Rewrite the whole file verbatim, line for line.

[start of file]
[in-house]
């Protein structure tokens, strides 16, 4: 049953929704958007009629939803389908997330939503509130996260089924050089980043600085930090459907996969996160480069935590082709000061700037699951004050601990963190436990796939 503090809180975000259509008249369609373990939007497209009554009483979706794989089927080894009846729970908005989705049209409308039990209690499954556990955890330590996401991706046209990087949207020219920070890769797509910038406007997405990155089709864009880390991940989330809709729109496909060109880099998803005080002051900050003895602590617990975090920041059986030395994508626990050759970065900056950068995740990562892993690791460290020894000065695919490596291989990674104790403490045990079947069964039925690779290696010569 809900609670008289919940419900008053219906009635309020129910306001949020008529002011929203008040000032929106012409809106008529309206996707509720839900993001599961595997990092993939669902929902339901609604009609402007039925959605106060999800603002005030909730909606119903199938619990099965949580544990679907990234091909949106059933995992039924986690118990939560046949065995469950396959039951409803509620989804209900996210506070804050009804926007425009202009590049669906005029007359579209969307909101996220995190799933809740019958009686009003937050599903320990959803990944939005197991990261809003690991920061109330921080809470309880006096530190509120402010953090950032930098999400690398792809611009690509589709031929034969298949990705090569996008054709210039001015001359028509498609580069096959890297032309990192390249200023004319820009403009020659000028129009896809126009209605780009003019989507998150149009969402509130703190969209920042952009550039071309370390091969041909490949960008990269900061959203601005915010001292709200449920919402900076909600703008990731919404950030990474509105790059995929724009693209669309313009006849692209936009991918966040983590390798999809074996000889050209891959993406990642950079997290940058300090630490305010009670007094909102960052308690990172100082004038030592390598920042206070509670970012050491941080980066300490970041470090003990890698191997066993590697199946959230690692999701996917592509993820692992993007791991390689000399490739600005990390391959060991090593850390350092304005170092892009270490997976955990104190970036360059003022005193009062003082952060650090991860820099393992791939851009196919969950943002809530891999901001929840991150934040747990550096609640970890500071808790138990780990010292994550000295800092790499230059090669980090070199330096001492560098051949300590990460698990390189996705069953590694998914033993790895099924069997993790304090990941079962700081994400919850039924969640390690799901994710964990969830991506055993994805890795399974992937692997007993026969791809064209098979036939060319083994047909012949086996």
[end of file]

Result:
[in-house]
């Protein structure tokens, strides 16, 4: 049953929704958007009629939803389908997330939503509130996260089924050089980043600085930090459907996969996160480069935590082709000061700037699951004050601990963190436990796939 503090809180975000259509008249369609373990939007497209009554009483979706794989089927080894009846729970908005989705049209409308039990209690499954556990955890330590996401991706046209990087949207020219920070890769797509910038406007997405990155089709864009880390991940989330809709729109496909060109880099998803005080002051900050003895602590617990975090920041059986030395994508626990050759970065900056950068995740990562892993690791460290020894000065695919490596291989990674104790403490045990079947069964039925690779290696010569 809900609670008289919940419900008053219906009635309020129910306001949020008529002011929203008040000032929106012409809106008529309206996707509720839900993001599961595997990092993939669902929902339901609604009609402007039925959605106060999800603002005030909730909606119903199938619990099965949580544990679907990234091909949106059933995992039924986690118990939560046949065995469950396959039951409803509620989804209900996210506070804050009804926007425009202009590049669906005029007359579209969307909101996220995190799933809740019958009686009003937050599903320990959803990944939005197991990261809003690991920061109330921080809470309880006096530190509120402010953090950032930098999400690398792809611009690509589709031929034969298949990705090569996008054709210039001015001359028509498609580069096959890297032309990192390249200023004319820009403009020659000028129009896809126009209605780009003019989507998150149009969402509130703190969209920042952009550039071309370390091969041909490949960008990269900061959203601005915010001292709200449920919402900076909600703008990731919404950030990474509105790059995929724009693209669309313009006849692209936009991918966040983590390798999809074996000889050209891959993406990642950079997290940058300090630490305010009670007094909102960052308690990172100082004038030592390598920042206070509670970012050491941080980066300490970041470090003990890698191997066993590697199946959230690692999701996917592509993820692992993007791991390689000399490739600005990390391959060991090593850390350092304005170092892009270490997976955990104190970036360059003022005193009062003082952060650090991860820099393992791939851009196919969950943002809530891999901001929840991150934040747990550096609640970890500071808790138990780990010292994550000295800092790499230059090669980090070199330096001492560098051949300590990460698990390189996705069953590694998914033993790895099924069997993790304090990941079962700081994400919850039924969640390690799901994710964990969830991506055993994805890795399974992937692997007993026969791809064209098979036939060319083994047909012949086996």